Don’t Invest in Your Emotions
Let’s face it, we are emotional creatures. It is difficult to avoid mixing feelings with investing. You almost can’t help but see the dollar signs in your eyes and just know the stock you are looking at is going to deliver retirement on a silver platter. Believe me, many people avoid stocks because they “tried” investing in them and went bust. Why? Because they used emotion to direct their decision-making. Maybe the initial choice to buy was even a good one. But once the stock went down a little, they got scared and sold out.
Every time I have invested using any amount of emotion, I have lost. However, every time I have followed my own rules that I am sharing with you here, and have made an informed, objective decision, I have made money. That’s why it is so important to do precisely what I have shared with you here. It works amazingly well, but ONLY if you follow the rules.
Use a Trailing Stop Loss to Sell
There are different preferences you can use when buying or selling stocks that, more or less, guarantee certain things. For example, you can execute a limit order to buy (or sell) at a certain price or better. There is also one called a stop-loss or stop-limit. This ensures that you will ONLY sell (or buy) if a stock falls to a certain price. For example, let’s say that you bought a stock a year ago that is up 30% and you are ready to sell. Since it is at a high, you fear it will go down soon. On the other hand, you don’t want to lose out on even more gains if it does keep climbing. A stop-loss will ensure that you ONLY sell if it falls below the target price you choose.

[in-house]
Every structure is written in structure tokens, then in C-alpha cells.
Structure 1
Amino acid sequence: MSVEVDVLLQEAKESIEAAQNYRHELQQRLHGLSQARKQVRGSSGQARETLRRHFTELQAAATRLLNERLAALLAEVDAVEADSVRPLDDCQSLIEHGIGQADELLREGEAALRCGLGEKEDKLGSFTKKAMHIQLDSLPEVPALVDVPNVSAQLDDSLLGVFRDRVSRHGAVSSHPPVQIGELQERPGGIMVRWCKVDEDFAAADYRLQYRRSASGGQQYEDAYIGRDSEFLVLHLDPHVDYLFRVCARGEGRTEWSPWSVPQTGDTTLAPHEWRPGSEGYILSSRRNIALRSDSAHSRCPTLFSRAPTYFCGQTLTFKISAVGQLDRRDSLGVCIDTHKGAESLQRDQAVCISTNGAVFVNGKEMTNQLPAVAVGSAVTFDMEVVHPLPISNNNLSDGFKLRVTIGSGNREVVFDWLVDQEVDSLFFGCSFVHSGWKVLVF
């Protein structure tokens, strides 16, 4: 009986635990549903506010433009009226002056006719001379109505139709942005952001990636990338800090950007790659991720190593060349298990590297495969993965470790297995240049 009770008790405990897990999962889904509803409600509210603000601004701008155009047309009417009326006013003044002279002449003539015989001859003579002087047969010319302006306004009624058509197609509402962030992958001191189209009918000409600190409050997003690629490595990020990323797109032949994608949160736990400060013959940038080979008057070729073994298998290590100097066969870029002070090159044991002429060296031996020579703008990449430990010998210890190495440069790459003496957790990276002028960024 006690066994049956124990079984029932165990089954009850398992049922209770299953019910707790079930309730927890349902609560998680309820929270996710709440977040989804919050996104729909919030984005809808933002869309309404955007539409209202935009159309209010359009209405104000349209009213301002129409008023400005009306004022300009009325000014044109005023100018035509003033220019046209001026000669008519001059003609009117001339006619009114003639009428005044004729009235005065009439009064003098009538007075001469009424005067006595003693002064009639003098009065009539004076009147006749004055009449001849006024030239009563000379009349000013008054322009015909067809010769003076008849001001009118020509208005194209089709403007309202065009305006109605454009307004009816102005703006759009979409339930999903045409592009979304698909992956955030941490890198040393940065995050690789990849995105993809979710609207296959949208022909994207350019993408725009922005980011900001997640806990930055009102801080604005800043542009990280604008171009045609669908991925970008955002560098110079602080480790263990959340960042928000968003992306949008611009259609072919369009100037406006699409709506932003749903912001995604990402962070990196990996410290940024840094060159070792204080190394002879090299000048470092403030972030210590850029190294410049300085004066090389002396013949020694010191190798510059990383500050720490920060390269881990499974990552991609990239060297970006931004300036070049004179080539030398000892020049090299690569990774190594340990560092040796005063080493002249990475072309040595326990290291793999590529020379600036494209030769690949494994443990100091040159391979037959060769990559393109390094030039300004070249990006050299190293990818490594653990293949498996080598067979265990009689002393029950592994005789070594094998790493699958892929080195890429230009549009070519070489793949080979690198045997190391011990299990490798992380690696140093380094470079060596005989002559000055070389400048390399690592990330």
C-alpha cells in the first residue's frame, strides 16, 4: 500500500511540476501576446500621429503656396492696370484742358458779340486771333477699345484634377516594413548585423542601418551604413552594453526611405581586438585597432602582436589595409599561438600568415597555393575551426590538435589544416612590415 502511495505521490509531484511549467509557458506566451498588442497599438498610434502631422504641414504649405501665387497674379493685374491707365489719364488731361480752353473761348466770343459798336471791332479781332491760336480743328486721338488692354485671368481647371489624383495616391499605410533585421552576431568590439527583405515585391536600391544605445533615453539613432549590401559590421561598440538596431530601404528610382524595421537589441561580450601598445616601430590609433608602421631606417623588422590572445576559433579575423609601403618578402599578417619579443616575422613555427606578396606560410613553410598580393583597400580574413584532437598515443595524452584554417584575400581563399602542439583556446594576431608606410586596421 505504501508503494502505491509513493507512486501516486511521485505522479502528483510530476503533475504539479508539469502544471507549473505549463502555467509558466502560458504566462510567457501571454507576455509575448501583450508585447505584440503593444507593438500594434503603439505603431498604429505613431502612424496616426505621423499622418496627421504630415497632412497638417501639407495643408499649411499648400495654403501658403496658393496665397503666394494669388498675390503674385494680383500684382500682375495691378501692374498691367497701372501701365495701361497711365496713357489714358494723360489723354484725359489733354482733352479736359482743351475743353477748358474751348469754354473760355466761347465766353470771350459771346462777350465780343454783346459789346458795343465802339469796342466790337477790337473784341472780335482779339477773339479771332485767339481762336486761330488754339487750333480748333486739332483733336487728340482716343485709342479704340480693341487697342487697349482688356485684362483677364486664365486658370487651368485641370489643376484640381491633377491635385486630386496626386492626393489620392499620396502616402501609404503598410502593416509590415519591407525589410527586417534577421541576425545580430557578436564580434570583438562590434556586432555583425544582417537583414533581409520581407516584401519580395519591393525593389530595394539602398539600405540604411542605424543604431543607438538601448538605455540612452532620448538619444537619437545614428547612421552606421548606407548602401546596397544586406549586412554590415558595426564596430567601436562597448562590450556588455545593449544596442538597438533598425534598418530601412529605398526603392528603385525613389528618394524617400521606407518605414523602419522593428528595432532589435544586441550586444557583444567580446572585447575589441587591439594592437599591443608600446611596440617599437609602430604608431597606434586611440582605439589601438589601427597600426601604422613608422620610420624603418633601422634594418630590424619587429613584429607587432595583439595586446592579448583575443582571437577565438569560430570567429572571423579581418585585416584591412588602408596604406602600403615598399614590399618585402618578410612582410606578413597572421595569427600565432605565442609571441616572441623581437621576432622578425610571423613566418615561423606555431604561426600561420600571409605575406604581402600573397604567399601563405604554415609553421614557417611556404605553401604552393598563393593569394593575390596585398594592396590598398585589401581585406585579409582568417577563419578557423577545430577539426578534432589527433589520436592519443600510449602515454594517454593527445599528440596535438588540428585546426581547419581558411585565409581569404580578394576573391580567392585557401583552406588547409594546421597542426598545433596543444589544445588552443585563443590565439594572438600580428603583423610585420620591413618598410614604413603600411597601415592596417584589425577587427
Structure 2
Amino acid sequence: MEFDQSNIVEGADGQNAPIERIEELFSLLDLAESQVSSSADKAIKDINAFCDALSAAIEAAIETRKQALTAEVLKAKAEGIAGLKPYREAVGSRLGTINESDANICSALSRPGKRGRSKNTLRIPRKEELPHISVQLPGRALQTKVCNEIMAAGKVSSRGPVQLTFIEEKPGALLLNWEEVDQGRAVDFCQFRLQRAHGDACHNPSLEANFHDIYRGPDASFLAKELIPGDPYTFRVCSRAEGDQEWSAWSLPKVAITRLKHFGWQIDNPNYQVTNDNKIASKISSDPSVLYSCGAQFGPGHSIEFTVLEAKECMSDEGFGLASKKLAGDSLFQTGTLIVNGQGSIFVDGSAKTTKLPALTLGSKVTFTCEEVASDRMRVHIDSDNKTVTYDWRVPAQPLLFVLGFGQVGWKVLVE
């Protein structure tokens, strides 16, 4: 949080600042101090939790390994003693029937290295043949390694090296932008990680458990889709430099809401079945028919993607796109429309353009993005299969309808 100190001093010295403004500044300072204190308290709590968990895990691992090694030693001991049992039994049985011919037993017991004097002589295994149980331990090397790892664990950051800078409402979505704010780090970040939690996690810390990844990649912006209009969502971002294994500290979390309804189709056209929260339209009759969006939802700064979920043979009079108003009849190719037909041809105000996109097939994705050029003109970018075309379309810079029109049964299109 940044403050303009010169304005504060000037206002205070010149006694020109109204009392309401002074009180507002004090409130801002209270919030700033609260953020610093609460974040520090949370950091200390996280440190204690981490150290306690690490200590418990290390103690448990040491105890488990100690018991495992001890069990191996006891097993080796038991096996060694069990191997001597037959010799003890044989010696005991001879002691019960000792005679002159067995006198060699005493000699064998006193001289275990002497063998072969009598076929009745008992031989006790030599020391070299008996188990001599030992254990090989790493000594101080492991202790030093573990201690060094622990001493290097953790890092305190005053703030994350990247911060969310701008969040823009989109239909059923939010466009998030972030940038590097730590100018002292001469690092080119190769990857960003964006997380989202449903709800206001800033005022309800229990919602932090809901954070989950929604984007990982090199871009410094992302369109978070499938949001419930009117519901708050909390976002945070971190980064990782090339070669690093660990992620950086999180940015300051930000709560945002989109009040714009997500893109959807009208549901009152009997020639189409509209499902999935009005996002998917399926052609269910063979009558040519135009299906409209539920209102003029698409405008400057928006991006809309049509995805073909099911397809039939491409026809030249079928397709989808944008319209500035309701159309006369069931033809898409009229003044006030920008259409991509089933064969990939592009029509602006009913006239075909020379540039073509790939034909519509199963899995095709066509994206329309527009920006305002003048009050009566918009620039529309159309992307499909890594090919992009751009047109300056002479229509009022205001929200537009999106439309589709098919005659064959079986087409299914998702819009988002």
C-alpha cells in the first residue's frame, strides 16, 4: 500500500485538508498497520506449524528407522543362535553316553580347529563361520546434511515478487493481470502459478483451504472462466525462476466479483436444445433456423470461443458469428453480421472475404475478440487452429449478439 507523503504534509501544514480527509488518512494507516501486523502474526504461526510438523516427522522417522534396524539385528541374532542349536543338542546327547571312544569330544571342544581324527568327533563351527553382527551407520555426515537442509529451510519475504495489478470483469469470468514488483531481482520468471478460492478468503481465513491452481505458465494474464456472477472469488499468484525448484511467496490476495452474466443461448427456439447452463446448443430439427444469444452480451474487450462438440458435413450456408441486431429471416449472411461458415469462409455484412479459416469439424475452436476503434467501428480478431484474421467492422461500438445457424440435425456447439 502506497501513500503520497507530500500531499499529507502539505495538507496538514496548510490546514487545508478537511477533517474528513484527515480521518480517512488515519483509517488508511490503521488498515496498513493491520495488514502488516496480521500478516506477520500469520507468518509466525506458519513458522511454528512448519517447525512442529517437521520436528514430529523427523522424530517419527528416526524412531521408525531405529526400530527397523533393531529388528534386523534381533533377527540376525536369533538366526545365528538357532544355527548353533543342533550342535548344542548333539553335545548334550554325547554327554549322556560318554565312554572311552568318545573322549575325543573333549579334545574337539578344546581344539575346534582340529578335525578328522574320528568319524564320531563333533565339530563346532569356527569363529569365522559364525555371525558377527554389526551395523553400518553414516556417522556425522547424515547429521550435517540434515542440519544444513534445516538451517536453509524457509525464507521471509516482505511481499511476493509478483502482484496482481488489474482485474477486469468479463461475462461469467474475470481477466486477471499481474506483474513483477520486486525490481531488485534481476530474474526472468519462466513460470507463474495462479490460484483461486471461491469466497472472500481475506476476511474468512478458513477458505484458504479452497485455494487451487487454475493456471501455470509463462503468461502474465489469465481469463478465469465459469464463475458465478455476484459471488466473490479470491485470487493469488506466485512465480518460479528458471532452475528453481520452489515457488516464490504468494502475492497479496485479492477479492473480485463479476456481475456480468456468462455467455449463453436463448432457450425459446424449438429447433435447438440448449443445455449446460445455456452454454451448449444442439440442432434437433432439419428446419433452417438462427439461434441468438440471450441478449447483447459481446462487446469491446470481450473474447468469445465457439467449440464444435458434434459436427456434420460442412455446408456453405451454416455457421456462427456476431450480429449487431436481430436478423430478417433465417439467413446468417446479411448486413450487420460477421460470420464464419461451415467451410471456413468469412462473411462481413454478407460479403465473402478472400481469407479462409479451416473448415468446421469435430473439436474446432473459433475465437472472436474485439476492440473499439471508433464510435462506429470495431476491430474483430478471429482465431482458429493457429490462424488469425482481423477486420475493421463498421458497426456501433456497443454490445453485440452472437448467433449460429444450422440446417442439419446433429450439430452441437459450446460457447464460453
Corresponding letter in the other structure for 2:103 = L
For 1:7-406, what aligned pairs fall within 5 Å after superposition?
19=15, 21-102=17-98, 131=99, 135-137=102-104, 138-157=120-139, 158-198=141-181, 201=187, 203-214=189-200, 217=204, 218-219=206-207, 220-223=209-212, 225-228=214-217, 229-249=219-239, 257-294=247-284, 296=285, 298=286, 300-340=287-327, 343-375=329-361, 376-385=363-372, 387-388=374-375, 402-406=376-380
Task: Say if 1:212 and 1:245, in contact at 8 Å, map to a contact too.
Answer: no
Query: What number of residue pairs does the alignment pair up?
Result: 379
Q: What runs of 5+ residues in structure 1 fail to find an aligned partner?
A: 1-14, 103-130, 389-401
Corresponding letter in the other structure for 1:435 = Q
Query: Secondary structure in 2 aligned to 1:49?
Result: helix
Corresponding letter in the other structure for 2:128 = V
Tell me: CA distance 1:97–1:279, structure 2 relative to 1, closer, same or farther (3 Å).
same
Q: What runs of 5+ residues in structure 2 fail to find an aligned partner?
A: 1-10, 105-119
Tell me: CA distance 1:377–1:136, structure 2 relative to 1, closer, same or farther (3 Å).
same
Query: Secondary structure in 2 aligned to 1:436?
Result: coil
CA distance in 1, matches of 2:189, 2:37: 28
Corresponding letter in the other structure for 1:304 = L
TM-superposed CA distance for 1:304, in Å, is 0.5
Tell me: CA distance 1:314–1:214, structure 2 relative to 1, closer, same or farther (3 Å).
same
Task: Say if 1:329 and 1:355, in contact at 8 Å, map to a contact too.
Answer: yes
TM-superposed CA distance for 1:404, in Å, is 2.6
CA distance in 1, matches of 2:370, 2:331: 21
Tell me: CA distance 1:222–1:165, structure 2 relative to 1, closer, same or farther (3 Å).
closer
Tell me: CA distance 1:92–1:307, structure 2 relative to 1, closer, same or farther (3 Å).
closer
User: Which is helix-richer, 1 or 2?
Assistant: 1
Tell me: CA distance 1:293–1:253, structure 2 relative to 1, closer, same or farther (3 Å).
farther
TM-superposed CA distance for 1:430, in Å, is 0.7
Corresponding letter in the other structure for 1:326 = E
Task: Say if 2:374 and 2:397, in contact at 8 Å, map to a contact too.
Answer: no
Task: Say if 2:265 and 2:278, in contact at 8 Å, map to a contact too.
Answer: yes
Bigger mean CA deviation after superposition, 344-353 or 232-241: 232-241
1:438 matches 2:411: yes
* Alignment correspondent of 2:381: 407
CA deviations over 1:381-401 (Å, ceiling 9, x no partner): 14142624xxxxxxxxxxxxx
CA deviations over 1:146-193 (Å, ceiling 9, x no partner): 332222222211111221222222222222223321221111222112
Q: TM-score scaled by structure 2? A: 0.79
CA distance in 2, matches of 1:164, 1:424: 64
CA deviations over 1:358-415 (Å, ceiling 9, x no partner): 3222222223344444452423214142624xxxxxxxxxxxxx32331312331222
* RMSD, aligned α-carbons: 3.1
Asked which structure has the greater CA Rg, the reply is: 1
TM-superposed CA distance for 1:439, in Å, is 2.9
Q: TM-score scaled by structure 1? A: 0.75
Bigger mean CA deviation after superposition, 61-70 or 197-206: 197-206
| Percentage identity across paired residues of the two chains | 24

For example, let’s say your stock is at $36 (and you bought at $22). You set a stop-loss at $35. If it goes down to $35, you sell and lock in your profit. If it goes up to $37, you raise your stop-loss to sell at $36. Each time the price goes up, you increase your stop-loss. Effectively you are “following” the price as high as it will go. This way, you lock in your profits if the stock goes down, but make even more if it goes up. Of course this doesn’t guarantee that you will hit the high-EST price because it could slump temporarily, but you also protect yourself from a decline that might last much longer.